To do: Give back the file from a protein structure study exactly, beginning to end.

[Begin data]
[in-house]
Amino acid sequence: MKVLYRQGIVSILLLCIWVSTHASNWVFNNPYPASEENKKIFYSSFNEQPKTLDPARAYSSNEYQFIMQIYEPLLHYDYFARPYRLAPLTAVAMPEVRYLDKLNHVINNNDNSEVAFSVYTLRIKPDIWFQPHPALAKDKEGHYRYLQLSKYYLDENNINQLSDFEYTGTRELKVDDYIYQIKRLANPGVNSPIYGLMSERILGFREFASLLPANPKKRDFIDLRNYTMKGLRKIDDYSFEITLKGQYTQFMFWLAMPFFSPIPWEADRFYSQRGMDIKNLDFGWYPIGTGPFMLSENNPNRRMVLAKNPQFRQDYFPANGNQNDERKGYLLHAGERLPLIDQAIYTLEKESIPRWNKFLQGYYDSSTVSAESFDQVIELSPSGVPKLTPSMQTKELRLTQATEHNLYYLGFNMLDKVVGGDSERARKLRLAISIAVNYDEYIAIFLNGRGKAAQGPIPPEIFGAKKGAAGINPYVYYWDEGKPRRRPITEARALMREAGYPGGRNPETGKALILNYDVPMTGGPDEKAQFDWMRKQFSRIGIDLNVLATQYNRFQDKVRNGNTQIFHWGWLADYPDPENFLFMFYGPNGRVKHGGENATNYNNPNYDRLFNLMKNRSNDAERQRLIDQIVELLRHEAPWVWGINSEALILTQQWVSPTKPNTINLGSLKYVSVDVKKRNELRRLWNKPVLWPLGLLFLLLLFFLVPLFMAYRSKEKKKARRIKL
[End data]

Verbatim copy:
[in-house]
Amino acid sequence: MKVLYRQGIVSILLLCIWVSTHASNWVFNNPYPASEENKKIFYSSFNEQPKTLDPARAYSSNEYQFIMQIYEPLLHYDYFARPYRLAPLTAVAMPEVRYLDKLNHVINNNDNSEVAFSVYTLRIKPDIWFQPHPALAKDKEGHYRYLQLSKYYLDENNINQLSDFEYTGTRELKVDDYIYQIKRLANPGVNSPIYGLMSERILGFREFASLLPANPKKRDFIDLRNYTMKGLRKIDDYSFEITLKGQYTQFMFWLAMPFFSPIPWEADRFYSQRGMDIKNLDFGWYPIGTGPFMLSENNPNRRMVLAKNPQFRQDYFPANGNQNDERKGYLLHAGERLPLIDQAIYTLEKESIPRWNKFLQGYYDSSTVSAESFDQVIELSPSGVPKLTPSMQTKELRLTQATEHNLYYLGFNMLDKVVGGDSERARKLRLAISIAVNYDEYIAIFLNGRGKAAQGPIPPEIFGAKKGAAGINPYVYYWDEGKPRRRPITEARALMREAGYPGGRNPETGKALILNYDVPMTGGPDEKAQFDWMRKQFSRIGIDLNVLATQYNRFQDKVRNGNTQIFHWGWLADYPDPENFLFMFYGPNGRVKHGGENATNYNNPNYDRLFNLMKNRSNDAERQRLIDQIVELLRHEAPWVWGINSEALILTQQWVSPTKPNTINLGSLKYVSVDVKKRNELRRLWNKPVLWPLGLLFLLLLFFLVPLFMAYRSKEKKKARRIKL